Unless you know the future, you probably shouldn’t be waiting for lower prices.  Since you’re going to be putting money in anyway, if prices do go down you’ll be scooping up plenty of shares at lower prices.  You’ll have to get used to prices going up and down as you’ll be investing for many years.

If your goal is to continue to accumulate shares for dividend income, you should be pleased if prices are flat or fall for a while.  If prices go up, usually the income stream you’re buying is costing more.

The main point is to ensure you’re buying regularly, which increases your future dividend stream with every purchase.

You’re on the right track.  No need to be worried.  Imagine how much share prices will go up and down over the next few generations.

But your family will still own those shares and still earning dividends every year – just that those dividend payments will be a lot larger!


Question #8

Hi Dave.  I really enjoy the concepts in your blog.  Thanks for the time and effort you put into them.

I particularly liked the article on timing the market.  This concept is exactly the concept I have been trying to work out recently.  I think the world is on the precipice of a MASSIVE recession – which will be similar in size to the GFC.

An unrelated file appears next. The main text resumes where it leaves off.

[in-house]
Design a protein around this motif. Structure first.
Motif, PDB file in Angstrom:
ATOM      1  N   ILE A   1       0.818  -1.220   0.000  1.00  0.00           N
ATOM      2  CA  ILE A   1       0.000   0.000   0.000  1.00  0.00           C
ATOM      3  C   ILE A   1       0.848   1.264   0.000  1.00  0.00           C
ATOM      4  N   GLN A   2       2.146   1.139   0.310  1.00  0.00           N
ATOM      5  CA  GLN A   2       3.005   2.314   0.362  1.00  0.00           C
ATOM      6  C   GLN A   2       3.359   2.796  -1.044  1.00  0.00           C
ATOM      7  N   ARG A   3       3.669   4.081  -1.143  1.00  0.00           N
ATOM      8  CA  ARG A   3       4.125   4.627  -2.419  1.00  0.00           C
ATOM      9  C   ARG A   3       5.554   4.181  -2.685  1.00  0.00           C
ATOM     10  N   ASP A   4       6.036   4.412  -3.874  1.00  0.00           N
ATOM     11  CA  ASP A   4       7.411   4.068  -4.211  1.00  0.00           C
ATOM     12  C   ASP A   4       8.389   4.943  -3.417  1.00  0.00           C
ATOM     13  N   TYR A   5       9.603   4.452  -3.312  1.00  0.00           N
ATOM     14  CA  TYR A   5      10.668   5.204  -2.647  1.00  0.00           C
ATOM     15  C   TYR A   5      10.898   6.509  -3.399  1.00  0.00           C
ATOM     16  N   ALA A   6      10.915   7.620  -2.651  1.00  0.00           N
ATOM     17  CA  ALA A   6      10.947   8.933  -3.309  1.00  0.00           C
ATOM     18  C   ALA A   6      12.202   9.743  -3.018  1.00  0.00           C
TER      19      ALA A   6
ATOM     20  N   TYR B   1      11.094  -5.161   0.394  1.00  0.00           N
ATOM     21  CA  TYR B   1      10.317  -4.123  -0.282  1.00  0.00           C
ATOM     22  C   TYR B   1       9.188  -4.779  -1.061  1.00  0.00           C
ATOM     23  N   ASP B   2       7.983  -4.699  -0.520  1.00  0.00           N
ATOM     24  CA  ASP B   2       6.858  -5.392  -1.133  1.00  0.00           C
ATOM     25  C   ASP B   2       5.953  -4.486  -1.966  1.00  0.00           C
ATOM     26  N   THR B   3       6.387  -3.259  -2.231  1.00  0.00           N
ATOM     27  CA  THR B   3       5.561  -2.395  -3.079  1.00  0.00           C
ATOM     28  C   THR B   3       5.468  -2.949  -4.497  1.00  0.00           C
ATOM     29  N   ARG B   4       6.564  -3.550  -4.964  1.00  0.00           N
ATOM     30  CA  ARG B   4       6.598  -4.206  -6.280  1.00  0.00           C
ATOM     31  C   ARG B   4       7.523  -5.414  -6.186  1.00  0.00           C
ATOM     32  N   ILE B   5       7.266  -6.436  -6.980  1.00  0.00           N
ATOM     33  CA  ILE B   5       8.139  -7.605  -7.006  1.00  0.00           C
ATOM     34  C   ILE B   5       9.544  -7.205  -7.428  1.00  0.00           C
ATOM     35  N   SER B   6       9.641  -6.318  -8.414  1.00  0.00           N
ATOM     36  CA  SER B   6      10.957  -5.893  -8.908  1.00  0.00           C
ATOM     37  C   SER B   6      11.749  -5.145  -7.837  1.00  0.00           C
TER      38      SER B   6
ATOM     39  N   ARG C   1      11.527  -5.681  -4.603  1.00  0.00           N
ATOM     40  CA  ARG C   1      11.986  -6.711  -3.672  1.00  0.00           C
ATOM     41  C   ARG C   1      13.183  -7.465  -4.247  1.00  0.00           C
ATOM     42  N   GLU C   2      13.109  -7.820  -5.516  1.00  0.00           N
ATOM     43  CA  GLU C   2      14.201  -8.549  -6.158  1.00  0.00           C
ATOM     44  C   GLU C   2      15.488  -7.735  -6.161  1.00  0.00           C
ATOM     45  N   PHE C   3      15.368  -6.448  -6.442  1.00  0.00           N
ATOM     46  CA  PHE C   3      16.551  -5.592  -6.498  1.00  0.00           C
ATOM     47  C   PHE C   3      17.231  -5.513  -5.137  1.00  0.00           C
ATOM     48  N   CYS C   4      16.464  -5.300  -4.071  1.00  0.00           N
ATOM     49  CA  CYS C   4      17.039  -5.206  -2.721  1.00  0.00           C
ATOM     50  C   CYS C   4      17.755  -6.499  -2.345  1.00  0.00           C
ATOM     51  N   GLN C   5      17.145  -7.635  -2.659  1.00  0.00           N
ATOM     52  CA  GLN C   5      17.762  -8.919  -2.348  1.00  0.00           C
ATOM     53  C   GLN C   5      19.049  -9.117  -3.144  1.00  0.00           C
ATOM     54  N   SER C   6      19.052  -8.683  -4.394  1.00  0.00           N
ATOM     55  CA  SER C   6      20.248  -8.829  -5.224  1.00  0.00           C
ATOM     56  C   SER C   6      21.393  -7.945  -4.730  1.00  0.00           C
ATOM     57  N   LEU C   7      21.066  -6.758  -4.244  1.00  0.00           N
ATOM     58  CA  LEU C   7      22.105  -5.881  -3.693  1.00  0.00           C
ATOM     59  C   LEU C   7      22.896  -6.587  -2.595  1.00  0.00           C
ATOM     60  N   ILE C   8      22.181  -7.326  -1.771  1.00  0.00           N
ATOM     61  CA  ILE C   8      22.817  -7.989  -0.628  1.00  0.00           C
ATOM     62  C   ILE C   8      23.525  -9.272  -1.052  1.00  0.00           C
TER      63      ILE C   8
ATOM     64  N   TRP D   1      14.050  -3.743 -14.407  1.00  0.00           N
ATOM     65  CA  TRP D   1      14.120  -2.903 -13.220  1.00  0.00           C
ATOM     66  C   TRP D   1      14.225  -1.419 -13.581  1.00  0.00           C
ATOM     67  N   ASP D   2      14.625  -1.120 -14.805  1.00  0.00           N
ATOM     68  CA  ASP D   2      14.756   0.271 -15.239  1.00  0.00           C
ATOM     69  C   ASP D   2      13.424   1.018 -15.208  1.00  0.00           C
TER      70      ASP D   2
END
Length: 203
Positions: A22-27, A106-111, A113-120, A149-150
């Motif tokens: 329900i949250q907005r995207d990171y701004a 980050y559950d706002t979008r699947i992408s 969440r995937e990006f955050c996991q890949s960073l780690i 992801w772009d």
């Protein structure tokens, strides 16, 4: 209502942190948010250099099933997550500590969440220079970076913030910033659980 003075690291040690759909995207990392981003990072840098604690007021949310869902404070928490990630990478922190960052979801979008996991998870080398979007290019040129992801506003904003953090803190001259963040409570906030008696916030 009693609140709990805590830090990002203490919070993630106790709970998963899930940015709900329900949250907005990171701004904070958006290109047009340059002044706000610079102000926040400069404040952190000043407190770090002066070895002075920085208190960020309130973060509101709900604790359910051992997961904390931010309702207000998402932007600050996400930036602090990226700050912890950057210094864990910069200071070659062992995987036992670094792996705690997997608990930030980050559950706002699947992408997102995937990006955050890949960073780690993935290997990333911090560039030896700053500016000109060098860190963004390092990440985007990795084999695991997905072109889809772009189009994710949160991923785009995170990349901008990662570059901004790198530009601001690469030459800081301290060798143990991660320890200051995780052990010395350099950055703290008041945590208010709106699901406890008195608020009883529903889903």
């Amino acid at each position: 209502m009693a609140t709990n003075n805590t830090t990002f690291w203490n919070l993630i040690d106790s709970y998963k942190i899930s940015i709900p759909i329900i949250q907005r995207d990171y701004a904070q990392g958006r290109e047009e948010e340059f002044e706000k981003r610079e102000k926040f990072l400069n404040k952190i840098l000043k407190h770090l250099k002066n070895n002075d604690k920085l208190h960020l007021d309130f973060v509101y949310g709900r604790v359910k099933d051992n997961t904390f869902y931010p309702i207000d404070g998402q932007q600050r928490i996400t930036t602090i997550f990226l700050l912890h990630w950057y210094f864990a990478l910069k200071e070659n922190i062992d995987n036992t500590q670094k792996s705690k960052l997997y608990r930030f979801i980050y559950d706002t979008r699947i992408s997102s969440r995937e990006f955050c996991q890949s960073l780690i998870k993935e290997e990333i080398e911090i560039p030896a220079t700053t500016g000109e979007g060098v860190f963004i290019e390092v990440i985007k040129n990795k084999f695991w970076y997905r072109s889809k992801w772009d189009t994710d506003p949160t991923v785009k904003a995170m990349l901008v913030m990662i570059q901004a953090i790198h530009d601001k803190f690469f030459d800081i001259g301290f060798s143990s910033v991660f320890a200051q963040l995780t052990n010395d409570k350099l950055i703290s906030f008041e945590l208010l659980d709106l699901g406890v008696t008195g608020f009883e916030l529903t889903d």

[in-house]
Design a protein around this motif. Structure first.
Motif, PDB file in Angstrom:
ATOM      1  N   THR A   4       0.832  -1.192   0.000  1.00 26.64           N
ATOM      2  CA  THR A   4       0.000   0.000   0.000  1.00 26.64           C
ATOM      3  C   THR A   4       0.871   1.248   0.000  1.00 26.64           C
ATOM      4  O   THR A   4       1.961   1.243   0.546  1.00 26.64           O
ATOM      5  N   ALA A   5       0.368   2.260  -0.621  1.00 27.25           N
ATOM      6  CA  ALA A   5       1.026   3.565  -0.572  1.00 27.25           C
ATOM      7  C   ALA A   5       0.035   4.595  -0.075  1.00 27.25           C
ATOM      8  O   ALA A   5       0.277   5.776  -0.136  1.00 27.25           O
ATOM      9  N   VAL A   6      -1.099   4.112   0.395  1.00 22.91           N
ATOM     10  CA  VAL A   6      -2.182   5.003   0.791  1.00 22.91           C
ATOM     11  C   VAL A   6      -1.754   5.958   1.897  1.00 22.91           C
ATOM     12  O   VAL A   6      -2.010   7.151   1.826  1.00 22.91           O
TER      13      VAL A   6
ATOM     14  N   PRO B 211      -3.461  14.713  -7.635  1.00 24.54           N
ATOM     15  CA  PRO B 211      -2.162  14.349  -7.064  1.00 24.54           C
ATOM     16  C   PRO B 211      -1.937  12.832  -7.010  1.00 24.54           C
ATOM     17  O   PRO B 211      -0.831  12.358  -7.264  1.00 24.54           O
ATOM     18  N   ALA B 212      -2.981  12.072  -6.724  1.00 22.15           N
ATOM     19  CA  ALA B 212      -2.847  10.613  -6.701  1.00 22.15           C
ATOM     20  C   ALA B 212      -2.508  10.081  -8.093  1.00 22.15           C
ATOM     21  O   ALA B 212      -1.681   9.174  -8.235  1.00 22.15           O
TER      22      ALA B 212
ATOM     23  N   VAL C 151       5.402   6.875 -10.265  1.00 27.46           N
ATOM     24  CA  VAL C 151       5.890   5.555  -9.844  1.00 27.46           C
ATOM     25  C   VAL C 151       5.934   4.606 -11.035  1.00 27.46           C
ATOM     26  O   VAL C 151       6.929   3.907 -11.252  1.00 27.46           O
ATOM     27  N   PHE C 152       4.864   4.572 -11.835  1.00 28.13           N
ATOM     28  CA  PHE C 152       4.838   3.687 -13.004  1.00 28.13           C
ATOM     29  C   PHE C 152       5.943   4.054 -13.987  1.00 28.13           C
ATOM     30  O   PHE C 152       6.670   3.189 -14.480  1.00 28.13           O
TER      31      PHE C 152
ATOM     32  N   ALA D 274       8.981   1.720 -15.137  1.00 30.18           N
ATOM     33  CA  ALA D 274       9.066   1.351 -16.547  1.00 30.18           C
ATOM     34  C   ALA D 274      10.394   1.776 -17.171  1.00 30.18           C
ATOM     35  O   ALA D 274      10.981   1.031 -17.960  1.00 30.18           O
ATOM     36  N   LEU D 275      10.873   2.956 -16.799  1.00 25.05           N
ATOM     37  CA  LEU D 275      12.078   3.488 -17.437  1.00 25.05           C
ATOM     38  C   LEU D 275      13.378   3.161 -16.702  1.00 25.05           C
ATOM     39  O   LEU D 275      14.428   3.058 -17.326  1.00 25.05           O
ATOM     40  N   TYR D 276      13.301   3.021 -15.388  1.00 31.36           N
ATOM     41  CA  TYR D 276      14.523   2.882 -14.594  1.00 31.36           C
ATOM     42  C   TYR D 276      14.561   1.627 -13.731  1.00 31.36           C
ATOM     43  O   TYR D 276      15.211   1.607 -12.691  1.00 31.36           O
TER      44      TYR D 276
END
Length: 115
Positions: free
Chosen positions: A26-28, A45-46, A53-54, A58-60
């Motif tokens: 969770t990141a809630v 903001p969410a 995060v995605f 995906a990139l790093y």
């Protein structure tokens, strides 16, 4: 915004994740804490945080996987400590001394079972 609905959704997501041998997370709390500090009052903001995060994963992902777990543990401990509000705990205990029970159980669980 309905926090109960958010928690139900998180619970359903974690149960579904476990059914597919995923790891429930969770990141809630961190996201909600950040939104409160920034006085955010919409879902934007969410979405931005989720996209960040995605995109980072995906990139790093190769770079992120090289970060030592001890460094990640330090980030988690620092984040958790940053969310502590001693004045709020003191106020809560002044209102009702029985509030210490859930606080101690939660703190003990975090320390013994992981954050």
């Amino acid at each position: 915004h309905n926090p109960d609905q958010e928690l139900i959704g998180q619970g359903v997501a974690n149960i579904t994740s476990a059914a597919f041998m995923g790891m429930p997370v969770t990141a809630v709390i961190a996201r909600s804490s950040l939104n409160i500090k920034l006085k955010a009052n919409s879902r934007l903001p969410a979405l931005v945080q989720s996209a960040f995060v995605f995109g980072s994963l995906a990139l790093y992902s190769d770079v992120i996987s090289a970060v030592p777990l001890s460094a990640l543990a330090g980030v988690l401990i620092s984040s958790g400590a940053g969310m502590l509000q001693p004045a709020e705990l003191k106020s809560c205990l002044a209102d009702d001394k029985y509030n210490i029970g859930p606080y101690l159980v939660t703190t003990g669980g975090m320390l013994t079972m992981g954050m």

As such, I’m reluctant to put funds into the market at these highs.  I’ve struggled with the exact concepts you outlined – what if the market falls 29.8% rather than 30%?

If you invest in LICs, do you consider some sort of NTA comparison within your criteria?

The other concept I have found strange in the FIRE community is that everyone seems hell bent on just using low cost index trackers.  Have you spent anytime either listening to Invested podcast or reading the new Rule #1 book by Phil Town and his daughter Danielle?

Their concepts are really easy to understand, logical – and allow an investor to significantly outperform the market.  The FIRE community appear to be a very smart community who would easily apply the logic discussed (modelled on the approach of Buffett and Munger).